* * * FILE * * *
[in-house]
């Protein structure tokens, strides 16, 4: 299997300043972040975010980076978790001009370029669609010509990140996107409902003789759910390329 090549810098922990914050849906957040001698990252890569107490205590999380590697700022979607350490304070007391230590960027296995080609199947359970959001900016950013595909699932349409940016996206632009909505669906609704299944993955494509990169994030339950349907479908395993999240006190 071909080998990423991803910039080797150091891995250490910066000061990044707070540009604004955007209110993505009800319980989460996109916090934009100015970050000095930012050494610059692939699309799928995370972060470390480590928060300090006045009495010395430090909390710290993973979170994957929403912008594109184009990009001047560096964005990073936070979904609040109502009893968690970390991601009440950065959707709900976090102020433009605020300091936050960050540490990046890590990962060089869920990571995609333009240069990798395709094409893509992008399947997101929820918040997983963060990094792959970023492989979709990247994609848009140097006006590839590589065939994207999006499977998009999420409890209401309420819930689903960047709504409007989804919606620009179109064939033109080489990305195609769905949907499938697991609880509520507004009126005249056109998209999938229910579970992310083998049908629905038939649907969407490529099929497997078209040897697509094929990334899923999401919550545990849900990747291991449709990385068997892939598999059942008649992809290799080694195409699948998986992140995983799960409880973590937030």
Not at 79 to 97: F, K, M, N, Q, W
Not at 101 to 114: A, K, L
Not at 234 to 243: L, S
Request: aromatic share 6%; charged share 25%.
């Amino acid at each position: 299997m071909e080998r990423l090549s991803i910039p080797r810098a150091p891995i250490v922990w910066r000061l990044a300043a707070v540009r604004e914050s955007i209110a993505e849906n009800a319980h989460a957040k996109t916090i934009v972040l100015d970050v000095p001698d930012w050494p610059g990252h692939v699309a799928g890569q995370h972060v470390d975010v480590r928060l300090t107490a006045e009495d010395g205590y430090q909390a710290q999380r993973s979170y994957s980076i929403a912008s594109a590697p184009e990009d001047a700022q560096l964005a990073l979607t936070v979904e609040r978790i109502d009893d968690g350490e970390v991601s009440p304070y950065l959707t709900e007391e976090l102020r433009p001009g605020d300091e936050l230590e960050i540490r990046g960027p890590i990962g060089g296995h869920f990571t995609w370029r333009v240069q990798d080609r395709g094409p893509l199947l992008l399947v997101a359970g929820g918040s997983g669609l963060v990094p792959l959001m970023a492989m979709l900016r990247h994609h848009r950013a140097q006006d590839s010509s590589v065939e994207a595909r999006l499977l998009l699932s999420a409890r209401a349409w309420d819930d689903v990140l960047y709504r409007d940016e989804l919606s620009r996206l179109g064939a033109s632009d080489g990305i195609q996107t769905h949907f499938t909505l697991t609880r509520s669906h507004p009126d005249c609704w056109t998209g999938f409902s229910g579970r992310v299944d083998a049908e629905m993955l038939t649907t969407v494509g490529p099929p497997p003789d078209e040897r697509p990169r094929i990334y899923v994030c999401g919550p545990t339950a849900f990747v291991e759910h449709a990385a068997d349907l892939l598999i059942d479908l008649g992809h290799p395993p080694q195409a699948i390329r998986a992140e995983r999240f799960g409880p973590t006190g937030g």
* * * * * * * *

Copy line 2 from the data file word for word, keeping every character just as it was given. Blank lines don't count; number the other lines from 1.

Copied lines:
């Protein structure tokens, strides 16, 4: 299997300043972040975010980076978790001009370029669609010509990140996107409902003789759910390329 090549810098922990914050849906957040001698990252890569107490205590999380590697700022979607350490304070007391230590960027296995080609199947359970959001900016950013595909699932349409940016996206632009909505669906609704299944993955494509990169994030339950349907479908395993999240006190 071909080998990423991803910039080797150091891995250490910066000061990044707070540009604004955007209110993505009800319980989460996109916090934009100015970050000095930012050494610059692939699309799928995370972060470390480590928060300090006045009495010395430090909390710290993973979170994957929403912008594109184009990009001047560096964005990073936070979904609040109502009893968690970390991601009440950065959707709900976090102020433009605020300091936050960050540490990046890590990962060089869920990571995609333009240069990798395709094409893509992008399947997101929820918040997983963060990094792959970023492989979709990247994609848009140097006006590839590589065939994207999006499977998009999420409890209401309420819930689903960047709504409007989804919606620009179109064939033109080489990305195609769905949907499938697991609880509520507004009126005249056109998209999938229910579970992310083998049908629905038939649907969407490529099929497997078209040897697509094929990334899923999401919550545990849900990747291991449709990385068997892939598999059942008649992809290799080694195409699948998986992140995983799960409880973590937030």